The Gospel According to Jon
Posted On April 4, 2011
In the beginning was the Word, and the Word was with God, and the Word was a god.
Whoever translated The New World Translation (Jehovah’s Witnesses either do not know or are not telling) was not incorrect. The phrase can be translated “the word was a god.” Aside from causing huge theological problems, there are basic Greek grammar difficulties created by rendering it this way.
John leaves out a one-letter word (ὁ) that usually comes before the Greek word for god (θεὸς). Now think back to your elementary school days. Other than learning that girls were better targets for spit balls because they had more surface area with their crazy 80s big hair, you might have learned something slightly more useful for today. Remember the term “definite article” in English class? In English, “the” is used as a definite article to indicate a specific noun and is distinguished from an indefinite article, such as “a” or “an”, which is used for general nouns. For example, if I say I am going to the store, I am referring to one particular store like the Walmart on the corner. If I say I am going to a store, then it could be any store in general.
In Greek, the definite article has more purposes than English. For example, a definite article prior to a noun makes it a proper noun in Greek. So if the definite article ὁ is placed before θεὸς, it means “God”; if the definite article is left out, it can be translated “a god.”
There is yet another purpose for definite articles, however. In English, the word order is always subject-verb-direct object; not so in Greek! The most important word in the sentence is usually first in Greek, regardless of whether it is a noun, adjective, adverb, or even a verb. The phrase in question is θεὸς ἦν ὁ λόγος so “God” is the most important word in this phrase. When a sentence has two potential subjects, the definite article goes before the subject noun but not the predicate noun. In the above phrase, the definite article ὁ precedes λόγος, indicating that the “Word” is the subject and “God” is the predicate.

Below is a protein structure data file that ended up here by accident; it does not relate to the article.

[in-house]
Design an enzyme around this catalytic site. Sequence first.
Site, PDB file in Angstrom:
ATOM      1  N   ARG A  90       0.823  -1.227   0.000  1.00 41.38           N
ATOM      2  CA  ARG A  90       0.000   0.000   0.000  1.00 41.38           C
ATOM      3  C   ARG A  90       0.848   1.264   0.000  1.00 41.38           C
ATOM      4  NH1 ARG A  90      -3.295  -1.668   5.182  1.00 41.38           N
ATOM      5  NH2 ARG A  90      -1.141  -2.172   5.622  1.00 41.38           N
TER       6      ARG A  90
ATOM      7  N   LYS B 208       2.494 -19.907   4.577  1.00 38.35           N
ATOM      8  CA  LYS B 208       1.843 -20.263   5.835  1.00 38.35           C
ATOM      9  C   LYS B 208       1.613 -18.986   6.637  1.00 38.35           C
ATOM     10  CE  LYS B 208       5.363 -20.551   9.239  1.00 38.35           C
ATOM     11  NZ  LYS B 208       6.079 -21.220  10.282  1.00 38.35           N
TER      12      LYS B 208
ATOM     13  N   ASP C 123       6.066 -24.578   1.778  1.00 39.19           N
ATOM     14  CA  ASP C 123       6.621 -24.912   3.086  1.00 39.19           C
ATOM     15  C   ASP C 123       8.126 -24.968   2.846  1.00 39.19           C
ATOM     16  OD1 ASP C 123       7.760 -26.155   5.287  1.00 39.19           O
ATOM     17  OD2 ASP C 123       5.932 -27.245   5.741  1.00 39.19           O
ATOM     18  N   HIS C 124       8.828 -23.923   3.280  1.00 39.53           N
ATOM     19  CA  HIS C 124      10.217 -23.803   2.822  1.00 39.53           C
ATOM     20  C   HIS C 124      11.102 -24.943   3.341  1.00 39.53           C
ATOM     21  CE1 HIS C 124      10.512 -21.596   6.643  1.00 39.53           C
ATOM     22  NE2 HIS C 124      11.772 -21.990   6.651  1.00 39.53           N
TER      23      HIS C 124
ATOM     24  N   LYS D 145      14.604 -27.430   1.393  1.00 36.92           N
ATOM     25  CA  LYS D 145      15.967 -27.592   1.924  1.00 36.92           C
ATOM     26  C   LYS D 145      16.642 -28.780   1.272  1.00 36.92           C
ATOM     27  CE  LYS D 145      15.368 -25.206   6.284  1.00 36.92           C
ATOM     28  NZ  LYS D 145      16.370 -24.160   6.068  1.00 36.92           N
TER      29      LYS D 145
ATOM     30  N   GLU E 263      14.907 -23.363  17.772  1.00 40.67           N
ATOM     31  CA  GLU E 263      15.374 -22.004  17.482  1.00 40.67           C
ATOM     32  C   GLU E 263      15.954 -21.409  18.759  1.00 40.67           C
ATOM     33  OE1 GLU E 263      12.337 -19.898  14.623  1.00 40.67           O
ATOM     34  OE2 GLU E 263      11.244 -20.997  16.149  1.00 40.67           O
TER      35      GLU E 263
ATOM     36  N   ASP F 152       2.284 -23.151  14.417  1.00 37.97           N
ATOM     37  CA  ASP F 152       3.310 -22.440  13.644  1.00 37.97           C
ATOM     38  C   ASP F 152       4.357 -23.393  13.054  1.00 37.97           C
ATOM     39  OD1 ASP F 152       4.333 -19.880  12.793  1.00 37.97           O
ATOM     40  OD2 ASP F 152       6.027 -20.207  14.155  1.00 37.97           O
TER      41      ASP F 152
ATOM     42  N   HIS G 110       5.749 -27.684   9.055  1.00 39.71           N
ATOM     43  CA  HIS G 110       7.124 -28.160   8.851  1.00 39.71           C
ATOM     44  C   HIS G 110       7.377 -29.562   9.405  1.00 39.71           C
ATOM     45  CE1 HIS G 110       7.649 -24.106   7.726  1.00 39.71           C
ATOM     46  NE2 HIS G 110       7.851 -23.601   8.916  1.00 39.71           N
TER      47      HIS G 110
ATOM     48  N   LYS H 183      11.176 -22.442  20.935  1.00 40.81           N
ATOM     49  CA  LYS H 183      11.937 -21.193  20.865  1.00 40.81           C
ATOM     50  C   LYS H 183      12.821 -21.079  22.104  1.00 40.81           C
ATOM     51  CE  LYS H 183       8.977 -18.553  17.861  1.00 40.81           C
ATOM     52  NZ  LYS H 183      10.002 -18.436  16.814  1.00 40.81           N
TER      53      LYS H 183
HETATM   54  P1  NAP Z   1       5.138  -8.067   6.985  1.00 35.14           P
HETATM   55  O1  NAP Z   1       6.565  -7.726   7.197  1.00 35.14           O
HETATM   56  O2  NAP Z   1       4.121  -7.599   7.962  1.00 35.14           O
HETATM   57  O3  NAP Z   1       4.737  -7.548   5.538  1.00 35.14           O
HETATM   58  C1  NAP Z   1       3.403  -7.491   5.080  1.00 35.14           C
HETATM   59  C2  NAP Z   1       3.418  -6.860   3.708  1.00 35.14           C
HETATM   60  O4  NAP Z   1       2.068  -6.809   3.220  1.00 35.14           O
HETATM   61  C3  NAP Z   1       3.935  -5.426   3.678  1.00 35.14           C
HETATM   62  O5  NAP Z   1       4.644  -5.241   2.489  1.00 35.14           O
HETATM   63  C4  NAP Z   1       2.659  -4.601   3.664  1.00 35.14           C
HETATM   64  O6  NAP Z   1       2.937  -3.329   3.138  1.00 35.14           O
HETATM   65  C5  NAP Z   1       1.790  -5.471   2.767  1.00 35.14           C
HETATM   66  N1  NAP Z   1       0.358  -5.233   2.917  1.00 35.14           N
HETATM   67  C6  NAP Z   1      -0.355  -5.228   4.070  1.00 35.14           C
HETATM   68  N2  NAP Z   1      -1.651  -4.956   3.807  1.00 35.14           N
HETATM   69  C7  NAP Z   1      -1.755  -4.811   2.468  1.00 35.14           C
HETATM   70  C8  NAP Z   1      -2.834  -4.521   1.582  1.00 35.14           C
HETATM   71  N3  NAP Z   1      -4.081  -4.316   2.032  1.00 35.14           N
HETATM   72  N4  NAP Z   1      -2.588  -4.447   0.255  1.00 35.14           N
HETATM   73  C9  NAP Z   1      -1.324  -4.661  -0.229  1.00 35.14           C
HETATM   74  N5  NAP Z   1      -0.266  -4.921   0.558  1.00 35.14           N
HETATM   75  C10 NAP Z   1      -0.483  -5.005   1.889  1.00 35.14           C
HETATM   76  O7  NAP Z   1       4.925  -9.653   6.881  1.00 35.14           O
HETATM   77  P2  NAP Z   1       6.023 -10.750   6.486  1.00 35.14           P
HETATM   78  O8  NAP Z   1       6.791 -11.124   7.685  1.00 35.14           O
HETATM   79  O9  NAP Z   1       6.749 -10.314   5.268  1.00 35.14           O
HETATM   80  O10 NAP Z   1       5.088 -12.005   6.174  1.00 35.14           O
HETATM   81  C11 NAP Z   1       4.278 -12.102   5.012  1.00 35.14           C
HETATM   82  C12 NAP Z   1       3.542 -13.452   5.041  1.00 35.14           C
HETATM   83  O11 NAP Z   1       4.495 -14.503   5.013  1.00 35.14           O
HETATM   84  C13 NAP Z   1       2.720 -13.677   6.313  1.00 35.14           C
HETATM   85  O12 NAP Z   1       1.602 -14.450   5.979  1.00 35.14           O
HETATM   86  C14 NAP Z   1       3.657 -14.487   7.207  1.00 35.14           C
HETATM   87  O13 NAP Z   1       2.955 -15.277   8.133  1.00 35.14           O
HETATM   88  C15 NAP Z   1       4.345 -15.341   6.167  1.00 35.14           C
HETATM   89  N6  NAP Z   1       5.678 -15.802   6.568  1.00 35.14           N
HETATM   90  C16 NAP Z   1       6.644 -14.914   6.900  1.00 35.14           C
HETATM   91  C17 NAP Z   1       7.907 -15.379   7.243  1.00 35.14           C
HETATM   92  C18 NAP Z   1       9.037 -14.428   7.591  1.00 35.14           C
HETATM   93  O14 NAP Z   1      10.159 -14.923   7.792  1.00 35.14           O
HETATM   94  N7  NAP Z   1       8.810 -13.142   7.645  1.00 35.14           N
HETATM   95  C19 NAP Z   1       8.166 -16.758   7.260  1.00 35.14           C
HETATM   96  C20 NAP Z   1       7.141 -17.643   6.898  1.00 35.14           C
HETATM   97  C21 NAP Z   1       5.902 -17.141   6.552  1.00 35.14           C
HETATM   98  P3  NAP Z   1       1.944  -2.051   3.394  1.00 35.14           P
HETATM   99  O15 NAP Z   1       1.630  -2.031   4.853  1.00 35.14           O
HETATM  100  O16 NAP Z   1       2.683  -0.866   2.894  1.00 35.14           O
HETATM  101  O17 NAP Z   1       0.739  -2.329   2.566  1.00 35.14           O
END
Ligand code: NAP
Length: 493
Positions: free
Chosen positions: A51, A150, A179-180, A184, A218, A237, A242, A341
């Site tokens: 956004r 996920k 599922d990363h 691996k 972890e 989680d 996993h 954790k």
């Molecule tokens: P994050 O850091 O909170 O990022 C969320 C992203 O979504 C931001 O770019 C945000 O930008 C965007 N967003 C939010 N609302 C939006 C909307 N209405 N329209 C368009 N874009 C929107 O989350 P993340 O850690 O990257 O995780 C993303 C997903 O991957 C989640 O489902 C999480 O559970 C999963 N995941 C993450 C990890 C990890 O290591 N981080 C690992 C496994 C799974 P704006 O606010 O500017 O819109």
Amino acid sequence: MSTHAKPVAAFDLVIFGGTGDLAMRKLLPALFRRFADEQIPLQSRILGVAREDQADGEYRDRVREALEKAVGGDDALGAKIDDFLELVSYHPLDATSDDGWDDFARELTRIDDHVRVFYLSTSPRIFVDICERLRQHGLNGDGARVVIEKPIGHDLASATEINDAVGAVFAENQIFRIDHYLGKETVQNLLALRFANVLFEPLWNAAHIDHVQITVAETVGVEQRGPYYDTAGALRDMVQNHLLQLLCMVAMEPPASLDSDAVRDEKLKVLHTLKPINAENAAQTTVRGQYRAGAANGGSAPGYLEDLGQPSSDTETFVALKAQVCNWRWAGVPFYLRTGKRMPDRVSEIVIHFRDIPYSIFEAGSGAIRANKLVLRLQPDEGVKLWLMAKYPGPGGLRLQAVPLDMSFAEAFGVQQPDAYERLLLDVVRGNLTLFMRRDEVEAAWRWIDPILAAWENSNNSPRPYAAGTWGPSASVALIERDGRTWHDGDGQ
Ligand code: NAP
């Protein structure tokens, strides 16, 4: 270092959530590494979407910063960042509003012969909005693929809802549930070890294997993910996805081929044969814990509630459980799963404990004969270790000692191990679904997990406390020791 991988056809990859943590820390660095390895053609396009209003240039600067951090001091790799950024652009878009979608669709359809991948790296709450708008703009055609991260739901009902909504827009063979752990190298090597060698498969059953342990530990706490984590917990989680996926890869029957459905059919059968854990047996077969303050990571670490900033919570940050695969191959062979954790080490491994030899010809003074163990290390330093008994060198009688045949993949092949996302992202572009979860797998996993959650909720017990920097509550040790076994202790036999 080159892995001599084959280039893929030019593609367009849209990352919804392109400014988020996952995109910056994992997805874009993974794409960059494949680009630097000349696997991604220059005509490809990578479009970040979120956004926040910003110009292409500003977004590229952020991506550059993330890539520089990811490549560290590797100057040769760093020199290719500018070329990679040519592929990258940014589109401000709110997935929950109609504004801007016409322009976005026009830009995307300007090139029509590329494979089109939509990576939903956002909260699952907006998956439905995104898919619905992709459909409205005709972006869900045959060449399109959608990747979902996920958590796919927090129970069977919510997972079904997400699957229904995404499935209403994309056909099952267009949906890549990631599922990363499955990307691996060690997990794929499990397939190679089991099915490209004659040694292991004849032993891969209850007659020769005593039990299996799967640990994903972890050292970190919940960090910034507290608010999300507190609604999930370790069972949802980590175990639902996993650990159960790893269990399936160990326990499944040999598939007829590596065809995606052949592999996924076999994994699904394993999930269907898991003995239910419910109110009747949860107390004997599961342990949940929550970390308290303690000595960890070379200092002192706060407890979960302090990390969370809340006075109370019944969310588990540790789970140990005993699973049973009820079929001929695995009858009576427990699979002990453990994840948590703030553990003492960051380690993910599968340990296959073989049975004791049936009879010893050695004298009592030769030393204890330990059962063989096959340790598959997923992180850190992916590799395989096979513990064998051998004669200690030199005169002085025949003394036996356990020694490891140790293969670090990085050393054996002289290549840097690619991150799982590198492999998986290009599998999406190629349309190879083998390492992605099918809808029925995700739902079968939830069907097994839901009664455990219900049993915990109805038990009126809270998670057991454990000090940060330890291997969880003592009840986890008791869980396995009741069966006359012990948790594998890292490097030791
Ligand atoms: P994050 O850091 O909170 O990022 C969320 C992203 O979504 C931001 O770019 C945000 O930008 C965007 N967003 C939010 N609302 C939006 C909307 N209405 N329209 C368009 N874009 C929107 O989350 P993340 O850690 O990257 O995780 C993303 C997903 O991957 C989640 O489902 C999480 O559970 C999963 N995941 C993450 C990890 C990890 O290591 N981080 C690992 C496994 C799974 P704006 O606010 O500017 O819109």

Why is this important? Because if we switch the nouns, a very different meaning emerges. In The Gospel According to St. John, C.K. Barrett explains, “The absence of the article indicates that the Word is God, but is not the only being of whom this is true.” If there was a definite article before God instead of the Word, “it would have been implied that no divine being existed outside the second person of the Trinity” (Barrett 156). In other words, if John said “God was the Word” instead of “the Word was God,” then it leaves no room for God the Father and God the Holy Spirit; only the Word would be God. So it is crucial to determine which of the nouns (God or Word) is the subject; luckily the definite article makes this clear.
Since Greek grammar rules prohibit the use of the definite article before θεὸς, the only other way to determine whether θεὸς should be translated “God” or “a god” is context. “God” is preceded by a definite article in the preceding phrase “the Word was with God” in the verse one and in the following phrase “He was with God in the beginning” in verse two. Did John switch from God to a god and then back to God? Of course not. So the proper translation is “the Word was God.”
This is not intended to be a thorough discussion of John 1:1. There are many commentaries that devote substantial space to this verse, but this blog is intended to help whet your appetite concerning the book of John. Once you see that Jesus is the Word and the Word is God and that John wrote his gospel to help us understand these two concepts, then the Word comes alive in our minds and in our hearts. We will never be gods, but when God sent His Word into this world, He made the first move to beginning a new relationship with us. The next move is yours.